Ukraine officials say Russians are taking “hundreds of thousands” of civilians who have been displaced from their war torn homes and forcibly taking them to Russia. Many are reportedly being used as “hostages” in an attempt to pressure Ukraine to give in and give up.
In an astounding statement, Lyudmyla Denisova, Ukraine’s ombudsperson, said 402,000 people, including 84,000 children, had been taken to Russia. The information could very well be accurate, as the Kremlin gave “nearly identical numbers for those who have been relocated” reports the Associated Press.
However, Russia is saying the number is a result of individuals wanting to move to Russia; not that they are forcibly being taken. “Ukraine’s rebel-controlled eastern regions are predominantly Russian-speaking, and many people there have supported close ties to Moscow” adds the AP.
The rhetorical games Russia is playing is vast. Playing the martyr, “Russia said it will offer safe passage starting Friday to 67 ships from 15 foreign countries that are stranded in Ukrainian ports because of the danger of shelling and mines.”
However, “Kyiv and Moscow gave conflicting accounts, meanwhile, about the people being relocated to Russia and whether they were going willingly — as Russia claimed — or were being coerced or lied to” writes the AP.
The Associated Press reports of the conflicting information:
Russian Col. Gen. Mikhail Mizintsev said the roughly 400,000 people evacuated to Russia since the start of the military action were from the Donetsk and Luhansk regions in eastern Ukraine, where pro-Moscow separatists have been fighting for control for nearly eight years.
Russian authorities said they are providing accommodations and dispensing payments to the evacuees.
But Donetsk Region Gov. Pavlo Kyrylenko said that “people are being forcibly moved into the territory of the aggressor state.” Denisova said those removed by Russian troops included a 92-year-old woman in Mariupol who was forced to go to Taganrog in southern Russia.
Ukrainian officials said that the Russians are taking people’s passports and moving them to “filtration camps” in Ukraine’s separatist-controlled east before sending them to various distant, economically depressed areas in Russia.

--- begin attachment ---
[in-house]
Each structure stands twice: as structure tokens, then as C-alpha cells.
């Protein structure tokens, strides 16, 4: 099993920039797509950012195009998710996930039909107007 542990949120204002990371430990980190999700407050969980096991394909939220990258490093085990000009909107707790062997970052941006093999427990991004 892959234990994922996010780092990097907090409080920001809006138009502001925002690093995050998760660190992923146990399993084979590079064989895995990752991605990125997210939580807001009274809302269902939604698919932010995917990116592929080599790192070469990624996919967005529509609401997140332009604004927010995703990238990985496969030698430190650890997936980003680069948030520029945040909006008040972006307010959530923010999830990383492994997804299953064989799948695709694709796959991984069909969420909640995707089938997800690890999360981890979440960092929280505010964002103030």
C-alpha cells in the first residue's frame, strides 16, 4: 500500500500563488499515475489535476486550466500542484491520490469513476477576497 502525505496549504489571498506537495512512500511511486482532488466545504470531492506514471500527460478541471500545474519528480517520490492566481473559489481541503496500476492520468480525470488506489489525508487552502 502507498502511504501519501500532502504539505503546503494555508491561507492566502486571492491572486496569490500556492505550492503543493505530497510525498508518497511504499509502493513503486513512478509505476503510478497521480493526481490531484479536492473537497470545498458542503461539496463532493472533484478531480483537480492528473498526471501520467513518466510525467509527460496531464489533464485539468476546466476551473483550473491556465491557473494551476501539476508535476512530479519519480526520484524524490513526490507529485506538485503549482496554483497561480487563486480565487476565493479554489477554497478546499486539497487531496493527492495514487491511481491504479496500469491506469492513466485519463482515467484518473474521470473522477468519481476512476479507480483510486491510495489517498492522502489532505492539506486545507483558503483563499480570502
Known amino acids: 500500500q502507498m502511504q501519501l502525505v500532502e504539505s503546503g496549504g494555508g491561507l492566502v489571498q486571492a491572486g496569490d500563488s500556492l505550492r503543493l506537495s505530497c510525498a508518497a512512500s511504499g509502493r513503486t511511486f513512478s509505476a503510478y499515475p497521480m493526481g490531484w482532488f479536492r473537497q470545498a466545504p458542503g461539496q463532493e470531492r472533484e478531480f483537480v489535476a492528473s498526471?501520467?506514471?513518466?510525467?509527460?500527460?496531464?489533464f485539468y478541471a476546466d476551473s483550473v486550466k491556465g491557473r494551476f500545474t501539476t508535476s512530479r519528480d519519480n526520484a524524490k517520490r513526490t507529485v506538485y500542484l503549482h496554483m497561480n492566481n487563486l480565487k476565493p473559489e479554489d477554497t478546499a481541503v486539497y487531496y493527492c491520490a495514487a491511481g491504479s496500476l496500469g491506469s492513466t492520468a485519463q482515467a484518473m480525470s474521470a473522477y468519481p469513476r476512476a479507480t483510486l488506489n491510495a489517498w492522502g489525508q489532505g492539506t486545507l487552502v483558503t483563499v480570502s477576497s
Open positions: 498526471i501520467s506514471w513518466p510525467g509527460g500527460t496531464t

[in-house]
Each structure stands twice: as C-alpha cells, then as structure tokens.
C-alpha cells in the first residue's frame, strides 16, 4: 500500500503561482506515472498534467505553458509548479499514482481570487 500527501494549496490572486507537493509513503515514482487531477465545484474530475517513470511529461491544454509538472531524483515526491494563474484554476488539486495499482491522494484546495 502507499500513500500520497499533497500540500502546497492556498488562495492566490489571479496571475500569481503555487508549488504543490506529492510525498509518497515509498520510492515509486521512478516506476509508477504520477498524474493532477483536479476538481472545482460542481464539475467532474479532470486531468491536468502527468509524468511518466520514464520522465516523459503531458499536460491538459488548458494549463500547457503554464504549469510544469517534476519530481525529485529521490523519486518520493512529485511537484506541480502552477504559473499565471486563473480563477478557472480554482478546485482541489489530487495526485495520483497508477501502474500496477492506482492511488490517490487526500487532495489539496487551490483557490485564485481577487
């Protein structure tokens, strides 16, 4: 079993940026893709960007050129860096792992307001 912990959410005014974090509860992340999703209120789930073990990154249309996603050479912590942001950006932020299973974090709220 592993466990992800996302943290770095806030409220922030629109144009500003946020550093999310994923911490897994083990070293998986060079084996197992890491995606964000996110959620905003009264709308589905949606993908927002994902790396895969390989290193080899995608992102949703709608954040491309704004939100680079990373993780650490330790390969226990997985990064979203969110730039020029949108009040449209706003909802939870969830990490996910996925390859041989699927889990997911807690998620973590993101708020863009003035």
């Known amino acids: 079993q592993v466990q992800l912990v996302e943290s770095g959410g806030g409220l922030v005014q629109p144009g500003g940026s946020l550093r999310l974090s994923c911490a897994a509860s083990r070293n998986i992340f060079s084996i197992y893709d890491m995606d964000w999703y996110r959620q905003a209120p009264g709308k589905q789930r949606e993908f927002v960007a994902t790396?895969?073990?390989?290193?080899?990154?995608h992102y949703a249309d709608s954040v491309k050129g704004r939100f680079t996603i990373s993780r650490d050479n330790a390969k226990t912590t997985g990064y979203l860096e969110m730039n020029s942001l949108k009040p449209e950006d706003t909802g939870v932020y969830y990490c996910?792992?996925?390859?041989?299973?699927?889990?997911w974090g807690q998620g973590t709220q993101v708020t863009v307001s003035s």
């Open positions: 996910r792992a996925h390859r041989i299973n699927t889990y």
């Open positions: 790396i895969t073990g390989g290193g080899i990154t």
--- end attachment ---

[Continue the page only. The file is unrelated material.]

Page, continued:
Among those taken, Ukraine’s Foreign Ministry charged, were 6,000 residents of Mariupol, the devastated port city in the country’s east. Moscow’s troops are confiscating identity documents from an additional 15,000 people in a section of Mariupol under Russian control, the ministry said.
Some could be sent as far as the Pacific island of Sakhalin, Ukrainian intelligence said, and are being offered jobs on condition they don’t leave for two years. The ministry said the Russians intend to “use them as hostages and put more political pressure on Ukraine.”
Kyrylenko said that Mariupol’s residents have been long deprived of information and that the Russians feed them false claims about Ukraine’s defeats to persuade them to move to Russia.
“Russian lies may influence those who have been under the siege,” he said.
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The Guardian Removes Osama bin Laden’s “Letter to America” Amidst Viral Resurfacing
The Guardian, a left-wing media outlet, has taken down Osama bin Laden’s notorious “Letter to America” from its website this week after the words of the deceased terrorist mastermind, responsible for the attacks on September 11, 2001, gained traction on social media.
The letter, which had been published on The Guardian’s website since 2002, resurfaced online, causing a sudden spike in traffic. Social media users unearthed and shared the anti-American and antisemitic content, propelling the document to viral status. The Guardian, acknowledging the increased circulation without the full context, opted to remove the transcript.
According to reports from Fox News Digital, a spokesperson for The Guardian stated, “The transcript published on our website 20 years ago has been widely shared on social media without the full context. Therefore we have decided to take it down and direct readers to the news article that originally contextualized it instead.” The outlet declined to provide additional comments on the matter.
Osama bin Laden’s letter, translated into English, justified al-Qaeda’s attacks against the U.S. by citing American actions in Palestine. The deceased terrorist accused the U.S. of supporting the creation and continuation of Israel, labeling it one of the “greatest crimes” that must be erased. Bin Laden’s letter also propagated antisemitic tropes, claiming Jews control American policies, media, and the economy.
The 9/11 attacks, orchestrated by al-Qaeda, resulted in the deaths of nearly 3,000 people and left thousands more injured. The letter’s resurgence occurred as it was shared by social media influencers on platforms like TikTok, with some expressing a change in perspective. Pro-Palestinian activist Lynette Adkins was among those who shared the letter online, prompting discussions and reflections.
The Guardian’s decision to remove the letter from its website underscores the sensitivity surrounding the content and its potential impact, particularly as young individuals across America engage with pro-Palestinian talking points. The episode has sparked debates about the influence of social media in reshaping perceptions and the responsibility of media outlets in disseminating controversial historical documents.
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